The University works to create a strong foundation in teaching for GSIs. We do so by providing both University-wide and departmental training. The responsibility for the former rests primarily with the Center for Research on Learning and Teaching (CRLT), the University's teaching enhancement center. Its instructional consultants conduct orientation programs for new GSIs each term and offer workshops all year on issues integral to teaching and learning. CRLT also has special programs for graduate student mentors, experienced GSIs who advise their peers on teaching-related issues. CRLT provides confidential consultations to individual GSIs, as well as midterm feedback that allows instructors to find out how their students are experiencing them as teachers.

However, GSI training also occurs within the departments and individual academic units. One goal of departmental training is to ensure that the information GSIs receive and the skills they are taught apply specifically to their fields. A second goal is to stress the importance of good teaching by using skilled faculty, the GSIs' role models, to develop and run the training sessions.

Training is appropriately tailored for each department. For example, the Department of English Language and Literature has a large number of GSIs. Graduate students do not teach until their second year, so they have time to adapt to their program of study. Then the prospective GSIs take a required three-credit course in pedagogy, the science of teaching. Concurrently, they lead discussion sections for large literature courses and are supervised by the professor teaching the course as they work with undergraduates in class and during office hours. This opportunity demonstrates to GSIs how the theory and practice of teaching are intertwined.

During the spring before their third year, English graduate students participate in a faculty-led GSI Training Workshop, where they learn such skills as how to write syllabi, grade student papers and lead class discussions. The following term most English GSIs begin teaching an introductory composition course. Throughout their first term they meet with faculty in small groups, called Teaching Circles. A faculty member also observes them once they begin teaching. To supplement these experiences, the English Department selects graduate student mentors who provide classroom visits and additional support, such as regular lunchtime programs on teaching. Together these experiences provide the skills English graduate students need to become excellent teachers.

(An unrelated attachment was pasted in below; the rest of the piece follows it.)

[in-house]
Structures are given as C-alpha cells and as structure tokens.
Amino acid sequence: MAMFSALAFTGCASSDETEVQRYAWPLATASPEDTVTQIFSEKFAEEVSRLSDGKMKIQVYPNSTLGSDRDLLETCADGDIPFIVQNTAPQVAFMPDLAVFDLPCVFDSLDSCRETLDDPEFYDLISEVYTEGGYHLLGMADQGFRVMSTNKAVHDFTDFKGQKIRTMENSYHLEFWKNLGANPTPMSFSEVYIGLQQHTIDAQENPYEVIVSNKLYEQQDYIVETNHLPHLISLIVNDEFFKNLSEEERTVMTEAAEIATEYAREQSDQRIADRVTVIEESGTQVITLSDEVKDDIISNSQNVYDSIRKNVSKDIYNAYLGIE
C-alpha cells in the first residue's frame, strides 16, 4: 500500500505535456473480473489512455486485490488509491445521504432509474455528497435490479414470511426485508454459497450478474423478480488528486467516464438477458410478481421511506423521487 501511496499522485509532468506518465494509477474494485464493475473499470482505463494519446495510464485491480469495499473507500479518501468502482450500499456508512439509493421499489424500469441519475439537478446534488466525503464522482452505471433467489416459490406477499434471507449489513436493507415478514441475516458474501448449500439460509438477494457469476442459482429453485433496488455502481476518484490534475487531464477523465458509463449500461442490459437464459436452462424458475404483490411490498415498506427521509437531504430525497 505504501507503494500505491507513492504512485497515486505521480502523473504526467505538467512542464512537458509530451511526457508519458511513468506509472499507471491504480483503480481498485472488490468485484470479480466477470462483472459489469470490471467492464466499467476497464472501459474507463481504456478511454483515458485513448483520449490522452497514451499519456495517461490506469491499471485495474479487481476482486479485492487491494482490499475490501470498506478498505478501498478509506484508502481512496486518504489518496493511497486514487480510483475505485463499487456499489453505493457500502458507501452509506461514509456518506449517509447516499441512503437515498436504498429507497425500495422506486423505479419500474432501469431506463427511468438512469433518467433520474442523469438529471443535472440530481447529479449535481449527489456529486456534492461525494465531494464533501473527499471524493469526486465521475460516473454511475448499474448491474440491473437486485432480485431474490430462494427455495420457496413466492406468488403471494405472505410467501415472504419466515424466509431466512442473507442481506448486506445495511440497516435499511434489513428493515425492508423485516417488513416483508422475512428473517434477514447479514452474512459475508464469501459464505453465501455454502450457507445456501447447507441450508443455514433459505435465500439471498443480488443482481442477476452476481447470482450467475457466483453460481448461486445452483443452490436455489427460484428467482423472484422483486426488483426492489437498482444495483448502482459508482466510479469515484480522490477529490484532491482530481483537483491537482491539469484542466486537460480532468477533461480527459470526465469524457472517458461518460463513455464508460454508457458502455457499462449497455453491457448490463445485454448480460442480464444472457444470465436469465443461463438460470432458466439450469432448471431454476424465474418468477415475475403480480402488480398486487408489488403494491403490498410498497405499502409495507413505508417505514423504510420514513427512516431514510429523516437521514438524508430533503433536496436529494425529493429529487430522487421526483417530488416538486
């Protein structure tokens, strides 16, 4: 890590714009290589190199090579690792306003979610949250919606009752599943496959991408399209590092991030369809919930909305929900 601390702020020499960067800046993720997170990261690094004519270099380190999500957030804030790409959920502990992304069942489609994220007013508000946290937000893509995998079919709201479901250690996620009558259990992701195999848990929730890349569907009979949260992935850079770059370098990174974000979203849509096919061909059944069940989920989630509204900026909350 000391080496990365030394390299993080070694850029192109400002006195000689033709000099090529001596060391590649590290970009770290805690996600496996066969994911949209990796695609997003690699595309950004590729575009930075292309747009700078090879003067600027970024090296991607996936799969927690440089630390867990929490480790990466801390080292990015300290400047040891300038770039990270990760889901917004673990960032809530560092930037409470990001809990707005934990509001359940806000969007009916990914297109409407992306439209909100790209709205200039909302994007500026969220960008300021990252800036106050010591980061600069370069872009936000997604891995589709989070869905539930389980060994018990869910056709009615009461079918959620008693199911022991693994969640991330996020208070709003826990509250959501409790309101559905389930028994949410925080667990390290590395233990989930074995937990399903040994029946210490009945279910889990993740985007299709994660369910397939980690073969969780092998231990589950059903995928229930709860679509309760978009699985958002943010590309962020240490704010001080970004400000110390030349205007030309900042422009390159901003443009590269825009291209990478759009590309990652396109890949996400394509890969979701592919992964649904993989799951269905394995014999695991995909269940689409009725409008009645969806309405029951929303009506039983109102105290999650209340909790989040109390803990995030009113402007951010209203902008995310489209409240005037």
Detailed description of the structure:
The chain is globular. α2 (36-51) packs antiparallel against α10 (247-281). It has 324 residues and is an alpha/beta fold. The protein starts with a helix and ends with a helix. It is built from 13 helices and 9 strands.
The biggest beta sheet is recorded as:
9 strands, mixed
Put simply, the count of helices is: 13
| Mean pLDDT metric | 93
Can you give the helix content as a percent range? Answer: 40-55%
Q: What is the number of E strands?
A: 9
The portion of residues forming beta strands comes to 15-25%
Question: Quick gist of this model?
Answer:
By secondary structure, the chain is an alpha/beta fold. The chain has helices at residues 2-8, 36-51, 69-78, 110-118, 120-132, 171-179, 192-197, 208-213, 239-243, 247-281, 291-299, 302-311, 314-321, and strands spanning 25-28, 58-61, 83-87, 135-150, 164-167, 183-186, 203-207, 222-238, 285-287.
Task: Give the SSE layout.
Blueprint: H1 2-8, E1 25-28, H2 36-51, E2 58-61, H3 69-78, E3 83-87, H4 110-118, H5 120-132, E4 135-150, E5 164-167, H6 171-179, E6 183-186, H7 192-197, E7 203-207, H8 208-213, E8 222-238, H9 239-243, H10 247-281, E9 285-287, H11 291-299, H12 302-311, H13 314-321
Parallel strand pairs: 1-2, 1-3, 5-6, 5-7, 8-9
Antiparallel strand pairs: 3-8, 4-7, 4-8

New GSIs in Engineering participate in a daylong orientation during which they attend workshops, including "Preparing for the First Days of Class," "Teaching Labs," "Fostering discussion" and "Teaching Critical Thinking Skills," among others. The orientation attendees also participate in an interactive multicultural theater program during which they "help" a group of actors improve the classroom environment for underrepresented groups. In addition to the Teaching Orientation, the College of Engineering employs a number of experienced GSIs who serve as graduate student mentors (GSMs). GSM s consult with new GSIs, helping them with teaching and teaching-related issues. GSM s visit new GSIs' classes and sometimes talk to their students, giving the GSI valuable feedback to improve their teaching. The GSM s also work with experienced GSIs throughout their teaching careers, so at no point is a GSI in the College of Engineering without access to teaching support.

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Information About Graduate Student Instructors at the University of Michigan

Site updated March 31, 2008

Current or prospective graduate students seeking information on obtaining GSI/GSSA appointments should contact the academic department where they are enrolled, or plan to enroll. Information on all University of Michigan academic departments is located at

Those seeking appointments outside of their current field of study may want to visit the University site designed specifically for units that customarily hire graduate students from other departments. That site is located at:

This site is designed to provide information about GSIs, especially related to contract negotiations.